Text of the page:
Liz Elks offers a range of useful tips to develop speech and language skills in children
If we’re not careful children with Speech, Language and Communication Needs (SLCN) can spend as much time outside of the classroom as in it, meaning that they can fall further behind their peers as they miss out on class teaching. Specific interventions are great to facilitate children’s speech and language development, but we talk to the children all the time (or at least we should!) so what can we do to help children develop their speech and language all day every day both in the classroom and outside of it?
How big is the problem?
The report ‘Bercow: Ten Years On’ found that the ability to communicate is fundamental to learning, to relationships and to life. More than 10% of all children and young people, over 1.4 million in the UK, have communication difficulties. They ALL need support now but specialist services aren’t available to manage this and so we need to change the way we interact, teach, and speak with them to facilitate their language development. Communication is everybody’s business and we all need to play our part.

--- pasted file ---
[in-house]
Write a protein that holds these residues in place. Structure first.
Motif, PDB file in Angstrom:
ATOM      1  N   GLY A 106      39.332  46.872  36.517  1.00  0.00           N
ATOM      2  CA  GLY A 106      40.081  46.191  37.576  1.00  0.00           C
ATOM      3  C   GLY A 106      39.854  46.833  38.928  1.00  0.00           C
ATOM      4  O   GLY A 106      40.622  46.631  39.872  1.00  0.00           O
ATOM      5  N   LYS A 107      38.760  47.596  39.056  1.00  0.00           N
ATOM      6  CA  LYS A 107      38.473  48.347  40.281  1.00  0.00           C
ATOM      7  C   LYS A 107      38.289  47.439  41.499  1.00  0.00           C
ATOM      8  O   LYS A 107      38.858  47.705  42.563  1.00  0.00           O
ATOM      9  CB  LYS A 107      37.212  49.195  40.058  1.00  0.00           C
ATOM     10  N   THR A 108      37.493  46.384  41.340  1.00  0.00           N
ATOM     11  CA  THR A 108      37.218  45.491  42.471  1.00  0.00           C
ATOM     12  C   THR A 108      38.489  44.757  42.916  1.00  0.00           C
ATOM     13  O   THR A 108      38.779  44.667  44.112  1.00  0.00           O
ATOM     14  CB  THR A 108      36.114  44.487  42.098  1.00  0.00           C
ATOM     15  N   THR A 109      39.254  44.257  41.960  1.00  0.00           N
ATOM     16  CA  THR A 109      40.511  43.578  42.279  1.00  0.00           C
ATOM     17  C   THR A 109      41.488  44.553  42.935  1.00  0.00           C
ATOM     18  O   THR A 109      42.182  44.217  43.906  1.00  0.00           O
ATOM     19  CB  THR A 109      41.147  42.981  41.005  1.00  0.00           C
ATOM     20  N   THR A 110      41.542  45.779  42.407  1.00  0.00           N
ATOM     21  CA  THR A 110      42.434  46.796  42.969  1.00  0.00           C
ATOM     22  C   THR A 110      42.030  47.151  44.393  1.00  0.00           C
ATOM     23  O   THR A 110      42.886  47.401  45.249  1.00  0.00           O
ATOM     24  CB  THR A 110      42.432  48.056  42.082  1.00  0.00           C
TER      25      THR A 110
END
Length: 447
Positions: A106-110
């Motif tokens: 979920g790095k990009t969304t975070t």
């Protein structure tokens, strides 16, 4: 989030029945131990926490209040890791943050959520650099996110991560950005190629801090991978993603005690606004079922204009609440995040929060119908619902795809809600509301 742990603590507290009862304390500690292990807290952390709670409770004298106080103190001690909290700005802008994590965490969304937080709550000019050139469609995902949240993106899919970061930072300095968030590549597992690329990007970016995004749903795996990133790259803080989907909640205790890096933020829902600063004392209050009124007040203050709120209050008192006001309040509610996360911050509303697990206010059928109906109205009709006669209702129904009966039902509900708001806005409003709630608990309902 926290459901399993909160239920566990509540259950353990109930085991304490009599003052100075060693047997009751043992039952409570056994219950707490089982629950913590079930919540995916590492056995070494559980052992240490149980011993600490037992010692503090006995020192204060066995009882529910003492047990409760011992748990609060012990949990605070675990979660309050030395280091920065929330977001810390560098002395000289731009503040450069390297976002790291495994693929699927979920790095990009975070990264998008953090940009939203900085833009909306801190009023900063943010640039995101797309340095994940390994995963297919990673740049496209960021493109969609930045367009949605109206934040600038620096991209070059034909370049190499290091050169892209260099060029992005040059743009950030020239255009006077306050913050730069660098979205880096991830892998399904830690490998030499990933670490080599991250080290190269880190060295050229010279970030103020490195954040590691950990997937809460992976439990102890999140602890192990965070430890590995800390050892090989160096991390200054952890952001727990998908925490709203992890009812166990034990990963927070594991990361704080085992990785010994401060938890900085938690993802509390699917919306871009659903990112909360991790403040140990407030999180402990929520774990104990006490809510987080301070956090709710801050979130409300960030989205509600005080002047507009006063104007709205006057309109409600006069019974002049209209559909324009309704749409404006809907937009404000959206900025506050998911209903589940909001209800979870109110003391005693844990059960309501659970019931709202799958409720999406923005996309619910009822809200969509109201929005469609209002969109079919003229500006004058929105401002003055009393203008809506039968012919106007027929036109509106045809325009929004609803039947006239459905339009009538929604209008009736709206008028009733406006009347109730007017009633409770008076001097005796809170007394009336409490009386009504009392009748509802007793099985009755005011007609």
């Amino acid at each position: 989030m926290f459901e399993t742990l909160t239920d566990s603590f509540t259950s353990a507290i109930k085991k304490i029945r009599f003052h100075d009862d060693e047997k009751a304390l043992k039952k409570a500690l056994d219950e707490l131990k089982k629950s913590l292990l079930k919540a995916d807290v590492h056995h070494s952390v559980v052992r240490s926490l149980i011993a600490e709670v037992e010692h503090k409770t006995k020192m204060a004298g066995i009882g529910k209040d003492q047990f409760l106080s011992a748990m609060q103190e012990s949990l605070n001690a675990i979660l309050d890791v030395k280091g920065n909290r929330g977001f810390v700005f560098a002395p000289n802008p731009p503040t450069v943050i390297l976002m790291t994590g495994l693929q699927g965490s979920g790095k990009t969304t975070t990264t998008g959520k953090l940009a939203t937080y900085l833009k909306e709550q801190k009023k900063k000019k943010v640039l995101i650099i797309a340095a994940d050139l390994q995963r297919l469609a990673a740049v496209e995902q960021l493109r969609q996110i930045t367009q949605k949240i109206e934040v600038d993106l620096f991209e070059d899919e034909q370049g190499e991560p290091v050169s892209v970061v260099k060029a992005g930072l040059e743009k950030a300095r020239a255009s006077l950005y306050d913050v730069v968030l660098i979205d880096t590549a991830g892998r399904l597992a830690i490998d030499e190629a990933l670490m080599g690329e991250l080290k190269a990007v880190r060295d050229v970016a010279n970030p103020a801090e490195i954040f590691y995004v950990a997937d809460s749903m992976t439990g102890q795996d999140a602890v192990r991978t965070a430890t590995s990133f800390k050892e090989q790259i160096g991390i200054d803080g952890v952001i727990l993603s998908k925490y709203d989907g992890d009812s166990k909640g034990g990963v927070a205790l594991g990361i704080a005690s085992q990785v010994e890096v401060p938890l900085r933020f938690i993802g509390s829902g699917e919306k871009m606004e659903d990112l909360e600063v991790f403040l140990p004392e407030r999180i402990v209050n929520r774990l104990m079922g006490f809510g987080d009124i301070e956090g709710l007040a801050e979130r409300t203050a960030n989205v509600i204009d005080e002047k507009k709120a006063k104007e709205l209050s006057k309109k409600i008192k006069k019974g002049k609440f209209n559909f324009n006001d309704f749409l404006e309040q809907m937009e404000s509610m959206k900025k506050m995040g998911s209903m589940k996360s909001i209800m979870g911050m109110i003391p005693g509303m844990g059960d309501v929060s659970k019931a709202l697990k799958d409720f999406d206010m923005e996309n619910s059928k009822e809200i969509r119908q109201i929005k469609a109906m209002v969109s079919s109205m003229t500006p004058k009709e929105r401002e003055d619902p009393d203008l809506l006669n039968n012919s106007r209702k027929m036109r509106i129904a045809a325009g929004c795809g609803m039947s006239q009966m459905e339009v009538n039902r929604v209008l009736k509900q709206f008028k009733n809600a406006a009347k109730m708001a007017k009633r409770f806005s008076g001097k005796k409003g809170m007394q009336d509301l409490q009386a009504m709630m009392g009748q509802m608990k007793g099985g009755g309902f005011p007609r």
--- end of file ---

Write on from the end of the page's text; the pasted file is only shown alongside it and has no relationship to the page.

How can I change my teaching to help the children learn?
Develop their understanding…
To be able to use words in sentences and speak it is necessary for children to understand what is being said. In typical development understanding always comes before talking. These simple ideas below should help you to do just this.
First things first
When speaking with the children ensure they are looking at you and concentrating before you speak with them. Talking to their back is unlikely to result in understanding or action! It also means they won’t be able to see all that lovely non-verbal communication you use! So make sure that you use gestures, visuals, objects, and your facial expression when teaching new words and ideas. You can also use other forms of non-verbal communication including symbol boards and other visuals to reinforce their learning and understanding.
Don’t overload them with information
Ensure that if you are giving them things to do that you give instructions one at a time AND in the order you want them to complete the tasks.